Friday, February 15, 2019

Abdur Razzaq resigns from Jamaat-e-Islami over party’s failure to apologise for 1971 role

The top leader of the Islamist party, who held the position of assistant secretary general, issued a media statement after sending his letter of resignation from the UK to the Jamaat-e-Islami chief Maqbul Ahmed. 
Five days after the 2013 execution of Quader Molla, a war criminal and Jamaat leader better known as the ‘Butcher of Mirpur’, Razzaq left Bangladesh for the UK. A British citizen, he has since been living in London.   
His letter sent to the Jamaat chief on Friday was confirmed to bdnews24.com by his eldest son Barrister Ehsan Siddiq.
“Over the last three decades I have been trying relentlessly to persuade Jamaat to have a frank discussion of the events of 1971, Jamaat’s role in those events and why it decided to support Pakistan and apologise for that decision,” Razzaq wrote in his letter. 
He noted that all his efforts were unsuccessful and that as a result, “those who were born after 1971 and even the many unborn generations who may be associated with Jamaat in future will have to bear this burden.”
The Razzaq resignation also stated that he tried to reform Jamaat “from within” ever since he joined the party that had actively opposed the 1971 Liberation War.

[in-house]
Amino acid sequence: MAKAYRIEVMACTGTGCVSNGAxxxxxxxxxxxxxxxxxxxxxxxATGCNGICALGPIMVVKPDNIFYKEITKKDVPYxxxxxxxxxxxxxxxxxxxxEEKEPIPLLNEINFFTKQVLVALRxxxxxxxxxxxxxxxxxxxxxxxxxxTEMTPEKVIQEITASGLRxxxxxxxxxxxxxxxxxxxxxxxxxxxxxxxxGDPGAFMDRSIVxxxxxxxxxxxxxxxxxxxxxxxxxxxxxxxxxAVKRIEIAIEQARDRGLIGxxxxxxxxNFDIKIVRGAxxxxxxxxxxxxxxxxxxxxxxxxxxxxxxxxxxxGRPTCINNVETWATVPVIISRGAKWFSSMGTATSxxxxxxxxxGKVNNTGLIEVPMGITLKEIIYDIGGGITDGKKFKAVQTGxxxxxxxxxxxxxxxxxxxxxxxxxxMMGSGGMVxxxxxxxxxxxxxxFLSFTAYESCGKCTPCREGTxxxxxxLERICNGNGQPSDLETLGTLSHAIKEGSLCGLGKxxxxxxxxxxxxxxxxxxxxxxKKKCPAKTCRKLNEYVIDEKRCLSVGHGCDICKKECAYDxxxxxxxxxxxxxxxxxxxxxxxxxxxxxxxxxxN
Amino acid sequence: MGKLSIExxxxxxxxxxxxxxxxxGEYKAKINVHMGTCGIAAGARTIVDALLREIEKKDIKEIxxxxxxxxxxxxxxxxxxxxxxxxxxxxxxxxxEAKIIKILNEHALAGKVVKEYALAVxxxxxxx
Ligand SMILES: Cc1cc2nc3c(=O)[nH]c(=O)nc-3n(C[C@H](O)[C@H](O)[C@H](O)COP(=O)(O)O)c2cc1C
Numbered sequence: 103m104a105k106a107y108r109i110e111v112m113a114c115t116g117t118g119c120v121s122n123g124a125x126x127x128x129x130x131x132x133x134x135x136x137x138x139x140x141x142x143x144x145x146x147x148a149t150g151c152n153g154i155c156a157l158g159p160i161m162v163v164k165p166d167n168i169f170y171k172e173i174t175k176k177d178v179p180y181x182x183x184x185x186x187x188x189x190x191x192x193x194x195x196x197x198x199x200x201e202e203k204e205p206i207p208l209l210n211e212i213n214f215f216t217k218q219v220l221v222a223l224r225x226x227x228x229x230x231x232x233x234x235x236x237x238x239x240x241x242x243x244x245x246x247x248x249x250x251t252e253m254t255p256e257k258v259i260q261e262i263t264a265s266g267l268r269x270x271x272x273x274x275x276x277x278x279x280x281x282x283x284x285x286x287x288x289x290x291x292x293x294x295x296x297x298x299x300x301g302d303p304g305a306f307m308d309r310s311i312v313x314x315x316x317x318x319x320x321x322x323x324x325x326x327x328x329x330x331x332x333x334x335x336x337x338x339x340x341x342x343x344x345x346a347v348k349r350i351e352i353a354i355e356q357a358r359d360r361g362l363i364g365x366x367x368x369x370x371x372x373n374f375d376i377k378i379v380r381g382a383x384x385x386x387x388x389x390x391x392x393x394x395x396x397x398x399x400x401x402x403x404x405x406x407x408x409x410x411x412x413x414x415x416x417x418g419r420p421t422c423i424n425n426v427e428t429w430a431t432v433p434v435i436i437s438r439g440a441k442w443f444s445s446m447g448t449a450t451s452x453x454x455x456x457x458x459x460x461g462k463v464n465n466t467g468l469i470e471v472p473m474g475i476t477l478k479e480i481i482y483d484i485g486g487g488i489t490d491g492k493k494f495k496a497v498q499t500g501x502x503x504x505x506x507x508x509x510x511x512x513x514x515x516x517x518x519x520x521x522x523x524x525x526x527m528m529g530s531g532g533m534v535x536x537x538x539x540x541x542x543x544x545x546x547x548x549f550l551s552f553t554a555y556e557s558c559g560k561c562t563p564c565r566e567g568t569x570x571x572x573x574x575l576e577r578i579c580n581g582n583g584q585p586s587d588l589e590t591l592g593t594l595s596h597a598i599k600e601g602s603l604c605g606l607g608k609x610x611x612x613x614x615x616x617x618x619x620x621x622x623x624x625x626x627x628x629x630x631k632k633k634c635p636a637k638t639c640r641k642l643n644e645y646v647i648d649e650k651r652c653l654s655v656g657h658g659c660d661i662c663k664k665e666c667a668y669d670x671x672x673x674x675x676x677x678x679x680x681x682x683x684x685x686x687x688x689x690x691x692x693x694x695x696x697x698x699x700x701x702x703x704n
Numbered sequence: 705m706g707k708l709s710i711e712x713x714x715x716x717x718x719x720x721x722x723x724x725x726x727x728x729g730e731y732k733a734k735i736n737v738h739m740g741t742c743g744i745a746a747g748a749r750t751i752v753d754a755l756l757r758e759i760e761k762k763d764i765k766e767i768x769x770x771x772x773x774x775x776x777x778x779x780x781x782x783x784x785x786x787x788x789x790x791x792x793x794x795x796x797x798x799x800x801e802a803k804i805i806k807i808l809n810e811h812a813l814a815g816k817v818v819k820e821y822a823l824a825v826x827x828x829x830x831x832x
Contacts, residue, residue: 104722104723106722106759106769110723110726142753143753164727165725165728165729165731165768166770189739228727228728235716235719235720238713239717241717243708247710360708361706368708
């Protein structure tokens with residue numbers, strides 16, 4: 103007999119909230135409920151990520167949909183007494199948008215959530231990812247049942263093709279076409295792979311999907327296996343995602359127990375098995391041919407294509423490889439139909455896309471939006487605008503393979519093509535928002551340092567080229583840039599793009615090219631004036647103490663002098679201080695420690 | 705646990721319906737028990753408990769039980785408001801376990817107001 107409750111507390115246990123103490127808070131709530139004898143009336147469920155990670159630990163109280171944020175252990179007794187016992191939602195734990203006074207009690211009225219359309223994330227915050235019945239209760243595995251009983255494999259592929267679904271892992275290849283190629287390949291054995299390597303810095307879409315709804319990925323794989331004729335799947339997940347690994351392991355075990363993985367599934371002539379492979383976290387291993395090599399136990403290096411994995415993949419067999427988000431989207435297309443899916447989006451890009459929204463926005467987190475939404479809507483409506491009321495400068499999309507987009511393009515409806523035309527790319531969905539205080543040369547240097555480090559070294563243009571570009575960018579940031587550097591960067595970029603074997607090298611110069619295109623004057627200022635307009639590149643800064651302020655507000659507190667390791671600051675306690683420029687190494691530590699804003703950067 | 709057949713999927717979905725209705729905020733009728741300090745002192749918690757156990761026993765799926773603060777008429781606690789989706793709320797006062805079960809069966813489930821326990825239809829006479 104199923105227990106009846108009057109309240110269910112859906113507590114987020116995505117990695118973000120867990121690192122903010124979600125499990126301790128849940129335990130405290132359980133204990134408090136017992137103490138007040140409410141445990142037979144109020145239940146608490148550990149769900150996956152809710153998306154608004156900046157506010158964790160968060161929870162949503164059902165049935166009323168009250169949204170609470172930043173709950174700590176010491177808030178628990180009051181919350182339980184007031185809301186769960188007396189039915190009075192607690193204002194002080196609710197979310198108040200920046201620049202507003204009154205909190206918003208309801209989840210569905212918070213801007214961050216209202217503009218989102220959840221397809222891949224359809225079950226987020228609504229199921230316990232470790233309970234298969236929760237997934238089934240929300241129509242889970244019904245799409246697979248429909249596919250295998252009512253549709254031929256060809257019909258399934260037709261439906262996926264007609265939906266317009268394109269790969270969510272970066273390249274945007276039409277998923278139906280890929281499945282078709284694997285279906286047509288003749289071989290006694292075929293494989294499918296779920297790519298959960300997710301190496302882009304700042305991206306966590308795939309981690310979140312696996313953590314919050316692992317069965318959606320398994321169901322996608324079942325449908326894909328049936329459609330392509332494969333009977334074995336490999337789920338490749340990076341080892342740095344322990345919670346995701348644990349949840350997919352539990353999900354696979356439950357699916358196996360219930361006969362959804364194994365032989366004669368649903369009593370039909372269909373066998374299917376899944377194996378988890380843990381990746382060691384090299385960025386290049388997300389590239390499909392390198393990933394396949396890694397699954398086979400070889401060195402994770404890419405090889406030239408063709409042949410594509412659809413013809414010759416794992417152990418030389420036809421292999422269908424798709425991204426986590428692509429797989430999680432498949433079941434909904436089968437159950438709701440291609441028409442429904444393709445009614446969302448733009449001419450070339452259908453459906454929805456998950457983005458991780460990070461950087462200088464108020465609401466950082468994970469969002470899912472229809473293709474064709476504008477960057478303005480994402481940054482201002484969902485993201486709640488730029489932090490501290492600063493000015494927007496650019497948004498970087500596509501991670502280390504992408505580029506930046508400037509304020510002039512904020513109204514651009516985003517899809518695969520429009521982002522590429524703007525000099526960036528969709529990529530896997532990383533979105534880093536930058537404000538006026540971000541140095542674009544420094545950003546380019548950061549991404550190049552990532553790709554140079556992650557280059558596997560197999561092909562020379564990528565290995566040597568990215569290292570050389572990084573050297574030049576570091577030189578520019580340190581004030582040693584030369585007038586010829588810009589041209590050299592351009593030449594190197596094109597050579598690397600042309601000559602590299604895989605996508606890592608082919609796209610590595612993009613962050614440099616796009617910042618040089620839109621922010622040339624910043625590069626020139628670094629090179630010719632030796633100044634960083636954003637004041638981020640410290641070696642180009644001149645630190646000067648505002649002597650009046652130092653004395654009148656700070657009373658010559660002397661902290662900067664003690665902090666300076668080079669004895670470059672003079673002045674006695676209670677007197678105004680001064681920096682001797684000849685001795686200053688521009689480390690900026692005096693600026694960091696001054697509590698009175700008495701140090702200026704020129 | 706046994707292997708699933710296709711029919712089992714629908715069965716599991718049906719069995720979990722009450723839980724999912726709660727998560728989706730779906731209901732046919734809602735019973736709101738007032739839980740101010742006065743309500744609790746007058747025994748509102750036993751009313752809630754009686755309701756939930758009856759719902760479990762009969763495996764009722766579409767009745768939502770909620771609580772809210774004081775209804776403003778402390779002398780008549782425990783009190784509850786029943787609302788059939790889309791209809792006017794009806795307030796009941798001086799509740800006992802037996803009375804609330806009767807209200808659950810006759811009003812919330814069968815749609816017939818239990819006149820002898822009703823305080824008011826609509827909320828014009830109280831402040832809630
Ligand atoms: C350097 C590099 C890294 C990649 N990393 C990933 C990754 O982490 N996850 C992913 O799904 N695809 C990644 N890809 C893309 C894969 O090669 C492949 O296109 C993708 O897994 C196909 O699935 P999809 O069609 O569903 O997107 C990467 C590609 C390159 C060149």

“And I have been continuously striving to achieve that for the last 30 years. I was for structural reform, and full and effective participation of women,” he said. “My reformist views are well known within the party.”
Jamaat was stripped of its registration with the Election Commission by a court that observed its failure to reform its charter in line with the Bangladesh constitution. ?As result, the party members were not able to participate directly in the past two general elections.
In a rebuke to the Jamaat over it reluctance for reform, Razzaq said the young people of Bangladesh are “patriots” who are well-informed of developments in the national and international arena.
“Their potential may best be utilised through a democratic principled party adhering to Islamic values operating within the secular constitution of Bangladesh.
“The failure of Jamaat leadership to restructure the party has sadly convinced me that Jamaat will not be able to fulfil this role.”